(p) Vid. Democrit. Fragment. & Rendtorf. Not. in ib. apud Fabritii Bibliothec. Gr. l. 4. c. 29. p. 338, 362. (q) "Aut illum surgentem vallibus imis", c. Georgic, l. 1. v. 374, &c. Bacon's Nat. Hist. cent. 9. p. 208. (r) Nat. Hist. l. 18. c. 35. Vid. Democrit. Fragm. ut supra, p. 335, 358, 362, 366.

{a} The noise thereof sheweth concerning it, the cattle also concerning the vapour.

(a) The cold vapour shows him: that is, the cloud of the hot exhalation, which being taken in the cold cloud mounts up toward the place where the fire is, and so anger is engendered; that is, noise and thunderclaps.

33. the cattle also] The A. V. makes “cattle” subject—they also tell of God; in which case the reference would be to their presentiments of a coming storm. The context, however, describes a storm actually present, and it is more natural to repeat the words “it telleth” from the first clause and render, (it telleth) unto the cattle; for the reference throughout appears to be to the impression produced on all creatures by God’s mighty thunderings and how these reveal His majesty—even the cattle hearing with terror His awful voice; just as in ch. Job 37:1 Elihu describes the effect produced on himself.

concerning the vapour] Rather as above, concerning Him that cometh up, i. e. approaches or advances in the thunder cloud.

The above rendering assumes that the present Heb. text is correct. Others by alterations in the pointing elicit various senses.Verse 33. - The noise thereof showeth concerning it; or, concerning him. The loud crash proclaims the fierceness of God's anger. The cattle also concerning the vapour; rather, it sheweth the cattle also concerning him that goeth up; i.e. the very cattle also feel that God is in the storm, rides upon it, and "goeth up" (comp. Psalm 47:5). The rendering of the Revised Version, "(it showeth) the cattle also concerning the storm that cometh up," is very weak, and unworthy of such an orator as Elihu.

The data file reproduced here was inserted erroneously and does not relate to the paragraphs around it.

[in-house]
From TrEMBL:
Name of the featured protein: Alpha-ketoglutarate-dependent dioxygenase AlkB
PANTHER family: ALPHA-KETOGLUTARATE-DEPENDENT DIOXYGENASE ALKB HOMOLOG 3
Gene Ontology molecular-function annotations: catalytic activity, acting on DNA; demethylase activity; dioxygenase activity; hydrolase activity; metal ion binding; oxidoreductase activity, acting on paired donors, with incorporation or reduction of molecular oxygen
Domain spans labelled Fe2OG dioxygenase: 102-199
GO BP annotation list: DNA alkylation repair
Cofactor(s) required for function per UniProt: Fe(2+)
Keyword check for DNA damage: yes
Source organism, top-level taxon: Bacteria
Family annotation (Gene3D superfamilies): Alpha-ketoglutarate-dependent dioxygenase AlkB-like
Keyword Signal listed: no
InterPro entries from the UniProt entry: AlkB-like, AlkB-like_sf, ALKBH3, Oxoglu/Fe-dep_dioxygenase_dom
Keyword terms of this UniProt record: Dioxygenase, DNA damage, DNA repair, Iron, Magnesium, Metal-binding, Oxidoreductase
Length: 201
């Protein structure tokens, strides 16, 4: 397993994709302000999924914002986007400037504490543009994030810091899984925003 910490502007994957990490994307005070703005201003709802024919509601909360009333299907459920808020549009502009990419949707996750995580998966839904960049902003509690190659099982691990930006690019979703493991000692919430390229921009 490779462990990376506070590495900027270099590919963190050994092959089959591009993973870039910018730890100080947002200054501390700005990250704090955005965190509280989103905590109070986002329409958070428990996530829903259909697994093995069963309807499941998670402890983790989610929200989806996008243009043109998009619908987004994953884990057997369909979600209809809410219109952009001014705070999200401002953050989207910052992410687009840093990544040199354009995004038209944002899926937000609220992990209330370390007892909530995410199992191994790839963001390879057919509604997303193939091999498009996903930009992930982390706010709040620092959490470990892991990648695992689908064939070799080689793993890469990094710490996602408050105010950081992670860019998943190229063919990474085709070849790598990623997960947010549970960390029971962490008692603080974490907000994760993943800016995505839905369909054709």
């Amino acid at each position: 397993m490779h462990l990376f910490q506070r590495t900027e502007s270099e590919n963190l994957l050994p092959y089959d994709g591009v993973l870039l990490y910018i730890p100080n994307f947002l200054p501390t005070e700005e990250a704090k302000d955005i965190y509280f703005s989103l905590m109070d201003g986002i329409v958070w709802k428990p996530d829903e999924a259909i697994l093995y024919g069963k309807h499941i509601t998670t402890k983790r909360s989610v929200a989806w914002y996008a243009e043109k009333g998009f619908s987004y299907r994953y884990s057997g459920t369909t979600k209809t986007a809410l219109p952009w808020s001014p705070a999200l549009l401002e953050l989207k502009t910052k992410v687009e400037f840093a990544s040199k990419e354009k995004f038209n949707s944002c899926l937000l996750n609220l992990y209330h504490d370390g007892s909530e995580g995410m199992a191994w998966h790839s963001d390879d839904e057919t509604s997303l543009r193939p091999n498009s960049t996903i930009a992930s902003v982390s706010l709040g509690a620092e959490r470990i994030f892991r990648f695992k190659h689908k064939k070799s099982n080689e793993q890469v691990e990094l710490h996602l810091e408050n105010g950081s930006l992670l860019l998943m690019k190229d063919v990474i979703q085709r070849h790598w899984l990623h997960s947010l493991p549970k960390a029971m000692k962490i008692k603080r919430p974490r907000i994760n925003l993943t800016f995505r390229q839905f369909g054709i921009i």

26 Behold, God is exalted-we know Him not entirely;

The number of His years, it is unsearchable.

27 For He draweth down the drops of water,

They distil as rain in connection with its mist,

28 Which the clouds do drop,

Distil upon the multitude of men.

29 Who can altogether understand the spreadings of the clouds,

The crash of His tabernacle?

The Waw of the quasi-conclusion in Job 36:26 corresponds to the Waw of the train of thought in Job 36:26 (Ges. 145, 2). מספּר שׁניו is, as the subject-notion, conceived as a nominative (vid., on Job 4:6), not as in similar quasi-antecedent clauses, e.g., Job 23:12, as an acc. of relation. שׂגּיא here and Job 37:23 occurs otherwise only in Old Testament Chaldee. In what follows Elihu describes the wondrous origin of rain. "If Job had only come," says a Midrash (Jalkut, 518), "to explain to us the matter of the race of the deluge (vid., especially Job 22:15-18), it had been sufficient; and if Elihu had only come to explain to us the matter of the origin of rain (מעשׂה ירידת גשׁמים), it had been enough." In Gesenius' Handwrterbuch, Job 36:27 is translated: when He has drawn up the drops of water to Himself, then, etc. But it is יגרע, not גּרע; and גּרע neither in Hebr. nor in Arab. signifies attrahere in sublime (Rosenm.), but only attrahere (root גר) and detrahere; the latter signification is the prevailing one in Hebr. (Job 15:8; Job 36:7). With כּי the transcendent exaltation of the Being who survives all changes of creation is shown by an example: He draws away (draws off, as it were) the water-drops, viz., from the waters that are confined above on the circle of the sky, which pass over us as mist and cloud (vid., Genesis, S. 107); and these water-drops distil down (זקק, to ooze, distil, here not in a transitive but an intransitive signification, since the water-drops are the rain itself) as rain, לאדו, with its mist, i.e., since a mist produced by it (Genesis 2:6) fills the expanse (רקיע), the downfall of which is just this rain, which, as Job 36:28 says, the clouds (called שׁחקים on account of its thin strata of air, in distinction from the next mist-circle) cause to flow gently down upon the multitude of men, i.e., far and wide over the mass of men who inhabit the district visited by the rain; both verbs are used transitively here, both נזל as Isaiah 45:8, and רעף, as evidently Proverbs 3:20. אף אם, Job 36:29, commences an intensive question: moreover, could one understand equals could one completely understand; which certainly, according to the sense, is equivalent to: how much less (אף כּי). אם is, however, the interrogative an, and אף אם corresponds to האף in the first member of the double question, Job 34:17; Job 40:8. מפרשׂי are not the burstings, from פּרשׂ equals פּרס, frangere, findere, but spreadings, as Ezekiel 27:7 shows, from פּרשׂ, expandere, Psalm 105:39, comp. supra on Job 36:9. It is the growth of the storm-clouds, which collect often from a beginning "small as a man's hand" (1 Kings 18:44), that is intended; majestic omnipotence conceals itself behind these as in a סכּה (Psalm 18:12) woven out of thick branches; and the rolling thunder is here called the crash (תּשׁאות, as Job 39:7, is formed from שׁוא, to rumble, whence also שׁואה, if it is not after the form גּולה, migration, exile, from שׁאה morf ,, vid., on Job 30:3) of this pavilion of clouds in which the Thunderer works.